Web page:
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Research project: Teardrop cracking: mechanism and design criteria

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The phenomenon of teardrop cracking has been observed to occur in high strength Nickel-base superalloys such as those used in high pressure turbine discs. Teardrop cracking results in the growth of cracks with a characteristic non-planar morphology under nominally mode I loading.

3D profile teardrop
3D profile teardrop

In particular, large 'shear' regions are observed, typically at 45° to the loading direction, extending in from the specimen free surface and enclosing a central planar 'teardrop' region nominally perpendicular to the loading direction. Such a crack morphology is difficult to explain in terms of conventional fatigue mechanics and leads to concerns about the accuracy of crack growth rate data and predictions of crack trajectories in components. Past work has established certain dependencies between the degree of 'teardrop formation' and the material and loading parameters, e.g. grain size, test temperature, specimen geometry etc, but no mechanism has been determined.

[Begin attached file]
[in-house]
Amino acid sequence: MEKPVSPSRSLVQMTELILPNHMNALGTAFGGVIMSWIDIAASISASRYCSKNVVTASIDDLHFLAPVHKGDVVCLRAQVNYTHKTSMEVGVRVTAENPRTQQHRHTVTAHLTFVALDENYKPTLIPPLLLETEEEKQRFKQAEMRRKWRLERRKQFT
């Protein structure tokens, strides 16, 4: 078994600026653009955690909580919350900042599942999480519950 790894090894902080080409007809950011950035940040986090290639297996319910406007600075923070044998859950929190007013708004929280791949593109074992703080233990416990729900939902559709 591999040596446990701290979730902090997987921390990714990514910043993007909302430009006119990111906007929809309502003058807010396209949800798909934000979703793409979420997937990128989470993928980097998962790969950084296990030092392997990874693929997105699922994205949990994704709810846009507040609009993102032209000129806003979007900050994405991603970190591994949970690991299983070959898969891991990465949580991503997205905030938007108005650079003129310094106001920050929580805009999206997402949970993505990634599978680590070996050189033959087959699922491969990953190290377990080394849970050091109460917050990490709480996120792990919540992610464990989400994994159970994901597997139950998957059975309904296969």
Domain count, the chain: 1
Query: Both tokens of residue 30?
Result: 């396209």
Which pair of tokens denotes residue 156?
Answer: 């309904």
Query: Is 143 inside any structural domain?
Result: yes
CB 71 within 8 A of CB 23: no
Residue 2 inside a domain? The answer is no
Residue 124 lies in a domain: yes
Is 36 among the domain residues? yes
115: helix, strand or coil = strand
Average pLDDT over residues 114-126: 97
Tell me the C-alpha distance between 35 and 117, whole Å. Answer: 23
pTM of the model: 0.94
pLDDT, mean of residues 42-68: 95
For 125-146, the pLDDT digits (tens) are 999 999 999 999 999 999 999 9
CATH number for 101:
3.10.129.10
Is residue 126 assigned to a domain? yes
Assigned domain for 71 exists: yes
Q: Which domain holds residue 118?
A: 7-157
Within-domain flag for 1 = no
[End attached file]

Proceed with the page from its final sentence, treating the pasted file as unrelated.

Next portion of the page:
Teardrop crack reconstruction
Teardrop crack reconstruction

Although historically the effect has been observed largely during specimen testing a number of cracks of complex morphology have now been observed on component testing. There is therefore a pressing need to understand the occurence of this phenomena and to develop criteria allowing the assessment of likelihood of teardrop cracking and its effect on component fatigue life during the design process. The ultimate goal is to develop an understanding of the mechanism of teardrop cracking and deliver assessment methodologies that can be incorporated into the component design and lifing process.

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